The radio artist and author Liesl Ujvary scaled her “electromagnetic living room as an acoustic sculpture” with the help of a device, which helps making electromagnetic waves audible. This device is called “Elektrosluch”, “sluch” is the Slovak word for hearing.
The “Elektrosluch” is produced by Jonáš Gruska in Bratislava, the city Ujvary was born in 1939.
Jonáš Gruska is not only the inventor and manufacturer of the “Elektrosluch”, but is himself also an artist and performer, he is working with field recordings, performances in the public space and sound installations.
For his piece “Vlakom” he recorded a train trip from Bratislava to Prague with his “Elektrosluch”.
I) Mein elektromagnetischer Wohnraum
by Liesl Ujvary
„My electromagnetic living room as an acoustic sculpture is based on recordings with a device called “Elektrosluch”, which is constructed and built by the Slovak musician Jonáš Gruska. The “Elektrosluch” records electric waves, which are transmitted from all devices, which are run by electricity. In my apartment this are TV-Set, CD-Player, amplifier, recorder player, loudspeakers, air con, 2 Notebooks, mixing console, Tablet, Keyboard, printer & scanner, landline, modem, central heating, electric kettle, washing machine, fridge, toaster, microwave, sound system with CD-player, radio & tape deck, loudspeakers, Bluetooth-stereo-loudspeakers, vacuum cleaner. Of course not all of these devices are in use at the same time, still the living room is full of a very tense, very bubbly structure of layers of electromagnetic waves, which the “Elektrosluch” makes audible in extreme variable and very exotic manner. The recordings have all been made in my apartment to give an impression of an aspect of the world which would be foreign and unknown to us without the “Elektrosluch”.” Liesl Ujvary, Wien, 09. 01. 2017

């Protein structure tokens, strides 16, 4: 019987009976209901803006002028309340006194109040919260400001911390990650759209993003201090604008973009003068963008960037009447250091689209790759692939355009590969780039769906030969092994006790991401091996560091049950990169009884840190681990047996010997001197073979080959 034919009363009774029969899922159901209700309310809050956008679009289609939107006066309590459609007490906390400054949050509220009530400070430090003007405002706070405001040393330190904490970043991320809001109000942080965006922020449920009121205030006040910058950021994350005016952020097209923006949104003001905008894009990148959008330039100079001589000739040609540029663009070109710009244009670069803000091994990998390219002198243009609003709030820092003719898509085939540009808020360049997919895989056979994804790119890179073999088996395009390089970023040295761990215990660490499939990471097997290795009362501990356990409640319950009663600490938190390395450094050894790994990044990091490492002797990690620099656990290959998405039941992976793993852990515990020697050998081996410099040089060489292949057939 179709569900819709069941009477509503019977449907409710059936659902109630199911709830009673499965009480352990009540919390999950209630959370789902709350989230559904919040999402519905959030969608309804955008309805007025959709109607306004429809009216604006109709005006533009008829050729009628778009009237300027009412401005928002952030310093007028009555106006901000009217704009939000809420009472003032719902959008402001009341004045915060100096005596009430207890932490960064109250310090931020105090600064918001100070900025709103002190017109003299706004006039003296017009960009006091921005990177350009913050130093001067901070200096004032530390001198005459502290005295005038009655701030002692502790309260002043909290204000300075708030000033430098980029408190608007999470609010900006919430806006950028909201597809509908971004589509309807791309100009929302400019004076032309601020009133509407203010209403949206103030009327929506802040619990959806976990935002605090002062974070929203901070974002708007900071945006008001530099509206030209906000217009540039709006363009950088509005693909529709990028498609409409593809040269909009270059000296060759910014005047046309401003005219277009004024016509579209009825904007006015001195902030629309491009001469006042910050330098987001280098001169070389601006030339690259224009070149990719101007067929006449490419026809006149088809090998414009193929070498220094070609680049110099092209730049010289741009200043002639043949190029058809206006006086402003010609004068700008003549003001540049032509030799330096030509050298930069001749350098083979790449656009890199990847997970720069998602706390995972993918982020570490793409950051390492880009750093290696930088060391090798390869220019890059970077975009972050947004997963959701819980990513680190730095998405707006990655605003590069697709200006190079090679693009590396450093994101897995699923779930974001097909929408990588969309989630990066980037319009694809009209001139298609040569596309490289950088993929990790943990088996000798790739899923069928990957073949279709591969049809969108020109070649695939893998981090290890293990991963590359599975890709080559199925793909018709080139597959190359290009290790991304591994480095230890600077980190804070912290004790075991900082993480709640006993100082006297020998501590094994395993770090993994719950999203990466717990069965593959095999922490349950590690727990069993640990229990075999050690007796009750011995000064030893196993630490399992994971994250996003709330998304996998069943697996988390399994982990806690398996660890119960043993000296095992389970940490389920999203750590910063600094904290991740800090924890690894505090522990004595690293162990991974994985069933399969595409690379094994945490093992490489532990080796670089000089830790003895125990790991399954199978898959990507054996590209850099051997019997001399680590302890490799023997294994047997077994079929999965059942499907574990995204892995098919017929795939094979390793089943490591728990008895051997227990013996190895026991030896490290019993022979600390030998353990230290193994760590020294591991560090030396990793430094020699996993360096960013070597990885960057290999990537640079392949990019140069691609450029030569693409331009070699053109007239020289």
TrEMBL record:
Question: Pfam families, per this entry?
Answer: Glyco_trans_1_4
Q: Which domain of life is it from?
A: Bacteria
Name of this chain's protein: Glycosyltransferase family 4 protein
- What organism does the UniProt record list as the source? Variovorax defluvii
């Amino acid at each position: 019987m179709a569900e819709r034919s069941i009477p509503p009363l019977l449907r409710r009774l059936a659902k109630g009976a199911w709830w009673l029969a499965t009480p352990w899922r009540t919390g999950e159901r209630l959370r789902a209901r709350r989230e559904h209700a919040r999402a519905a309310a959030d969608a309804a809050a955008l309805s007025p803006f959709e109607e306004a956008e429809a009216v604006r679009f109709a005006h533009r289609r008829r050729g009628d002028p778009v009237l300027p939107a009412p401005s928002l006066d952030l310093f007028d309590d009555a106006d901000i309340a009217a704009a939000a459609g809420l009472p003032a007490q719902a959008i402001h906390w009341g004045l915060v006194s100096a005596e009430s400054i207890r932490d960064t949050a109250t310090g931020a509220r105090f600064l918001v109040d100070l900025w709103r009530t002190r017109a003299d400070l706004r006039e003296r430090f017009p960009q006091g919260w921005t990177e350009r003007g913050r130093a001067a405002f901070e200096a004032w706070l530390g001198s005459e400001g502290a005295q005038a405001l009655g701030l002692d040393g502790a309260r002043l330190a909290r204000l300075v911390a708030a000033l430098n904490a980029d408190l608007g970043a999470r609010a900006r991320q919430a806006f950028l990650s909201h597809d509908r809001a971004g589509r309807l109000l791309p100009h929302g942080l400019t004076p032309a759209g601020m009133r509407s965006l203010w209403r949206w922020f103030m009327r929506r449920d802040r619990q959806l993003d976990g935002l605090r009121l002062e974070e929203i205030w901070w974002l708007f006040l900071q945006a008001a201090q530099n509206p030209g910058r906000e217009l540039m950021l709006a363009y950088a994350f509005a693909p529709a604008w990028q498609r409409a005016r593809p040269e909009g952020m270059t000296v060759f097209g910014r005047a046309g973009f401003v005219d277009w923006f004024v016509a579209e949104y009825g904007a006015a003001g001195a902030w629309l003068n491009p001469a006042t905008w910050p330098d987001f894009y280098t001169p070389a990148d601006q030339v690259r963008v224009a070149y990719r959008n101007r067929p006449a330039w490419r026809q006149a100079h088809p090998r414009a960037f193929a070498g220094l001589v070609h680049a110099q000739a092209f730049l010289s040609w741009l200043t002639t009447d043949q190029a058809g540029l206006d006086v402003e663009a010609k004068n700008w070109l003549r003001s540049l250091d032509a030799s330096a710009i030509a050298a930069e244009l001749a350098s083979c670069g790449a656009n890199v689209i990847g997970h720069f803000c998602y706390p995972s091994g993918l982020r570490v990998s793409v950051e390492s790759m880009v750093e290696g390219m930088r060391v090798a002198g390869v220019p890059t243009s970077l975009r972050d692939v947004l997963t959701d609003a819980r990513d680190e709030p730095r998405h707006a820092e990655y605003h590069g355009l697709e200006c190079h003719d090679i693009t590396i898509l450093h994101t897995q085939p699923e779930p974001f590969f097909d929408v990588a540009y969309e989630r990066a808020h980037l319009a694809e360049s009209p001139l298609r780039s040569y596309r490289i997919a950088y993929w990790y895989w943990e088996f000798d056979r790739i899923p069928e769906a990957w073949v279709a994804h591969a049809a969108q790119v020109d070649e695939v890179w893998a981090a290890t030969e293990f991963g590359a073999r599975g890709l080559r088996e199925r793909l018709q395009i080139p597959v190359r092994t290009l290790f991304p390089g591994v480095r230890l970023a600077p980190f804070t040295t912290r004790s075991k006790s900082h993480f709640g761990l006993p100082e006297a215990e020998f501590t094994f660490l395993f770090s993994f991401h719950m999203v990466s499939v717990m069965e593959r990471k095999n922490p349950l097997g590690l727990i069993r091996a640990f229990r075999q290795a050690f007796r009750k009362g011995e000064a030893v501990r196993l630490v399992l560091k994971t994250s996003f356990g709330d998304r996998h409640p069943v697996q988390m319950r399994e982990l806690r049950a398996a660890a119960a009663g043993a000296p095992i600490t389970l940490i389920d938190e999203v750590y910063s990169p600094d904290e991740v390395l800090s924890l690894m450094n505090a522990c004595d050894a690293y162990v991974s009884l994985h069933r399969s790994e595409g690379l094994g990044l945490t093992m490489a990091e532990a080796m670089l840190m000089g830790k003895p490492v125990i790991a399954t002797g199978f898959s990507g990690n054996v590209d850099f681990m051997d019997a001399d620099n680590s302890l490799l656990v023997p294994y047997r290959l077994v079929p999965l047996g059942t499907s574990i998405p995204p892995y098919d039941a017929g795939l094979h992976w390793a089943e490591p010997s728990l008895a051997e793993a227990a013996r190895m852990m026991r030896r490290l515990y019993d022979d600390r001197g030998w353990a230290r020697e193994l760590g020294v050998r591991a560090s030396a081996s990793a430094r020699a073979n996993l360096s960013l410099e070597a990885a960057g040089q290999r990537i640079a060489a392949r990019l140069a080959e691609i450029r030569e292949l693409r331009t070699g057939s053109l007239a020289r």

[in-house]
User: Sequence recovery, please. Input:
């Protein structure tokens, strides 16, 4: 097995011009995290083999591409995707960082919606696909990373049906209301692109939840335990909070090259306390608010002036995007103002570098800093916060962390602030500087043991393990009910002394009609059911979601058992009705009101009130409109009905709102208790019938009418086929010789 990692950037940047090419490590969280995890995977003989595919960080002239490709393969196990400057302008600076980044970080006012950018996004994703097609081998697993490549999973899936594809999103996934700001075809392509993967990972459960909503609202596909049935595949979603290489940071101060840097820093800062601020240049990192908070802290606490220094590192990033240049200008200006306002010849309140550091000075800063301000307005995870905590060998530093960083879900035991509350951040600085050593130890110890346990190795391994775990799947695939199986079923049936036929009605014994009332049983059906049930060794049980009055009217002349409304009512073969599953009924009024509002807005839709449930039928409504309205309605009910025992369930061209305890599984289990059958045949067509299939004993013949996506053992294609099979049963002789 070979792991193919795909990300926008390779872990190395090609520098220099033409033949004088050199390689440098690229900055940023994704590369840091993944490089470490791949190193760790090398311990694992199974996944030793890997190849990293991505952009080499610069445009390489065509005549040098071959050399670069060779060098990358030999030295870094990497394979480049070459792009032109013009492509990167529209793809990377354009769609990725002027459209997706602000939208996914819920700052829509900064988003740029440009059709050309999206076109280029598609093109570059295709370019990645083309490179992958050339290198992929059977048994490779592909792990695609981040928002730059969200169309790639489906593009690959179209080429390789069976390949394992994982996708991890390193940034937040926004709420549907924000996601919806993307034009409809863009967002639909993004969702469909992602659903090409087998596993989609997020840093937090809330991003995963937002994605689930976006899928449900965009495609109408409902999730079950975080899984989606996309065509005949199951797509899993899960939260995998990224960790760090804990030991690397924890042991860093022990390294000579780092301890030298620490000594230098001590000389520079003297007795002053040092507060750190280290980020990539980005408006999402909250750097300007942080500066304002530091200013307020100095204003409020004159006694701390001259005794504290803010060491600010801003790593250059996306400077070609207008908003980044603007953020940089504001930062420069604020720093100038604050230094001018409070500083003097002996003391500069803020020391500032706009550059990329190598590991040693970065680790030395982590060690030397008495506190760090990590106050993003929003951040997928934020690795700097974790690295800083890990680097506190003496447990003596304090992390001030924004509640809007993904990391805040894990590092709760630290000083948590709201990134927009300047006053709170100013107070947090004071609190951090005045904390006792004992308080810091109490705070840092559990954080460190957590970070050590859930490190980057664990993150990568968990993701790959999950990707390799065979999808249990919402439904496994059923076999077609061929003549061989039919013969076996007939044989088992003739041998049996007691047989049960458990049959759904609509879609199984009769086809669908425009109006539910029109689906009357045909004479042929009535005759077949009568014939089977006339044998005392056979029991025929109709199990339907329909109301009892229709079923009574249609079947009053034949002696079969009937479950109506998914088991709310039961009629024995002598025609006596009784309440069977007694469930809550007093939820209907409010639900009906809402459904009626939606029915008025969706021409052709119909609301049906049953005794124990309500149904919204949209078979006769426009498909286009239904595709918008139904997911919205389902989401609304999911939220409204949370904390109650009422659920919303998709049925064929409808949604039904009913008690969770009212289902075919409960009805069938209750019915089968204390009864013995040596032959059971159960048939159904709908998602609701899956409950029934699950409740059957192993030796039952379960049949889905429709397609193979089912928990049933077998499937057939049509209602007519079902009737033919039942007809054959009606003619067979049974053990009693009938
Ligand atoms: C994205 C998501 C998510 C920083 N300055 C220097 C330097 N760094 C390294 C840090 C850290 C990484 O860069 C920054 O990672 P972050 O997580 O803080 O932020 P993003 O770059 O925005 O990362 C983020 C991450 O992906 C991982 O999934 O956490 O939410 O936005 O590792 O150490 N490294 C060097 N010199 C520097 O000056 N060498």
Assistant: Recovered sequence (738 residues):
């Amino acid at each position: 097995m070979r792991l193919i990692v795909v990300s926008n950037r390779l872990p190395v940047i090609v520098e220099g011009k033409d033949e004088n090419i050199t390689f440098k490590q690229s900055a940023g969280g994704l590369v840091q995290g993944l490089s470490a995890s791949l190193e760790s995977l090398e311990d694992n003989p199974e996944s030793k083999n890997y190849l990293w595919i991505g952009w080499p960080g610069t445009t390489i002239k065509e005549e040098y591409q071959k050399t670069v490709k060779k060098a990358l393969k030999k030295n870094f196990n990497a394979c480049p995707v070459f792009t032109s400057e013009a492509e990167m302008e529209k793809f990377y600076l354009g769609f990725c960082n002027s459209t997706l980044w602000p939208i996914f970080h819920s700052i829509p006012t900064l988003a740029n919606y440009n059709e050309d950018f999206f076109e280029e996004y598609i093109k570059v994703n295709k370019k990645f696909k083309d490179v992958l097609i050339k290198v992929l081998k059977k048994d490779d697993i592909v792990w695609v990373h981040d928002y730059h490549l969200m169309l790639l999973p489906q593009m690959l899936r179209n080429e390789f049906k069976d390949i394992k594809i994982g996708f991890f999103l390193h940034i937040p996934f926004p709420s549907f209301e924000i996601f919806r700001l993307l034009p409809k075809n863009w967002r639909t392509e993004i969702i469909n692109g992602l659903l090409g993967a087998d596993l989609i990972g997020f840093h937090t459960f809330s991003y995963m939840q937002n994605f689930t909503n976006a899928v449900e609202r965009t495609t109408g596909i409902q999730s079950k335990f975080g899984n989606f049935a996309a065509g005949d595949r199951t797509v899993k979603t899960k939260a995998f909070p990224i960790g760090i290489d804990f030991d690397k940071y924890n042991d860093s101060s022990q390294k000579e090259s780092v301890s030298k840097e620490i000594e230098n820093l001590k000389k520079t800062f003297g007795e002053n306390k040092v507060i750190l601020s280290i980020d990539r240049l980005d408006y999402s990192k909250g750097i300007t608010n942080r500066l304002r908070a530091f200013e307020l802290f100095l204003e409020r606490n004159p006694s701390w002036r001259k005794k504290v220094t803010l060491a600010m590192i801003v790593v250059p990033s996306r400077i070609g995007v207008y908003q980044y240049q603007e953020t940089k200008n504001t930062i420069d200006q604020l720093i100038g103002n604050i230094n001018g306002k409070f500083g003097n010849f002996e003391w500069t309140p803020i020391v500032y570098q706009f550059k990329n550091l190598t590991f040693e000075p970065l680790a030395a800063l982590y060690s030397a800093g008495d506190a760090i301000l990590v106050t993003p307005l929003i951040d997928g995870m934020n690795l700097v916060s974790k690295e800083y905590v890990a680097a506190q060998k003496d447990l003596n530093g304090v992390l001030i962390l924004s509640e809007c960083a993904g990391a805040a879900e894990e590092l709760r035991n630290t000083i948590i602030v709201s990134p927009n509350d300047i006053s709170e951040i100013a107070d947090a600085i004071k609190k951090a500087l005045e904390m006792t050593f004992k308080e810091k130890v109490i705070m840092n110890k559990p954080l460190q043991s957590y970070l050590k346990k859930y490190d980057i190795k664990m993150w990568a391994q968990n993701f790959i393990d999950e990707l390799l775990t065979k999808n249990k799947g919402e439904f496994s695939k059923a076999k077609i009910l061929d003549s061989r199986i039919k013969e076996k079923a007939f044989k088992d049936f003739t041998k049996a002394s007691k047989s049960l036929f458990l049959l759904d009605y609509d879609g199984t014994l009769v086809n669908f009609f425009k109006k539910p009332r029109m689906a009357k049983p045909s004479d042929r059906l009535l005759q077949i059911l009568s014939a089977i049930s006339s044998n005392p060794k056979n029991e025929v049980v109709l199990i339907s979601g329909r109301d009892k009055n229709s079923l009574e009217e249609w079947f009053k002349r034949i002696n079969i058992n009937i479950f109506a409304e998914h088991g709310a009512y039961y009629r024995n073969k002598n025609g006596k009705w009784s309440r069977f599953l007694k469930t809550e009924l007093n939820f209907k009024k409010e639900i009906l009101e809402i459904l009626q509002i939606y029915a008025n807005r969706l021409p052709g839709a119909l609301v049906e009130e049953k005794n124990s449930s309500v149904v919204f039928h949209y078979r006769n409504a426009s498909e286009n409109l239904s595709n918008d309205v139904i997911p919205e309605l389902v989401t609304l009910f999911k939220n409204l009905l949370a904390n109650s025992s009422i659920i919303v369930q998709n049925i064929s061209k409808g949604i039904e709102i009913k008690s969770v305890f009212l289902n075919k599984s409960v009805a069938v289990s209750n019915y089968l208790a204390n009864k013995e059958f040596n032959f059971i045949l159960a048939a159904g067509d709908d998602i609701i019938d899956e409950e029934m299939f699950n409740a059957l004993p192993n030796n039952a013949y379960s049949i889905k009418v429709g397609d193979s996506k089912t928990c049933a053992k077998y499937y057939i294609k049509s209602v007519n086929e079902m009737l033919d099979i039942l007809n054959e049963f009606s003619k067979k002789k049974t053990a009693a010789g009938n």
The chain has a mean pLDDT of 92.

by Jonáš Gruska
Vlakom is a collection of raw electromagnetic field recordings from a train ride between Bratislava and Prague. In an electromagnetic field, a train becomes an electric creature – interwoven with streams of neuro-digital communication, it thirstily sucks its life-energy from the wires above. The electromagnetic dimension only embraces the notion of how alive these iron monsters actually are. It might change the way you see and hear trains forever.
Jonas Gruska about the Elektrosluch and Vlakom
The recordings are unprocessed and contain a lot of very high frequencies, which might be harmful at extended periods of loud listening.
Special thanks: Andrej Chudý and Jonny Fox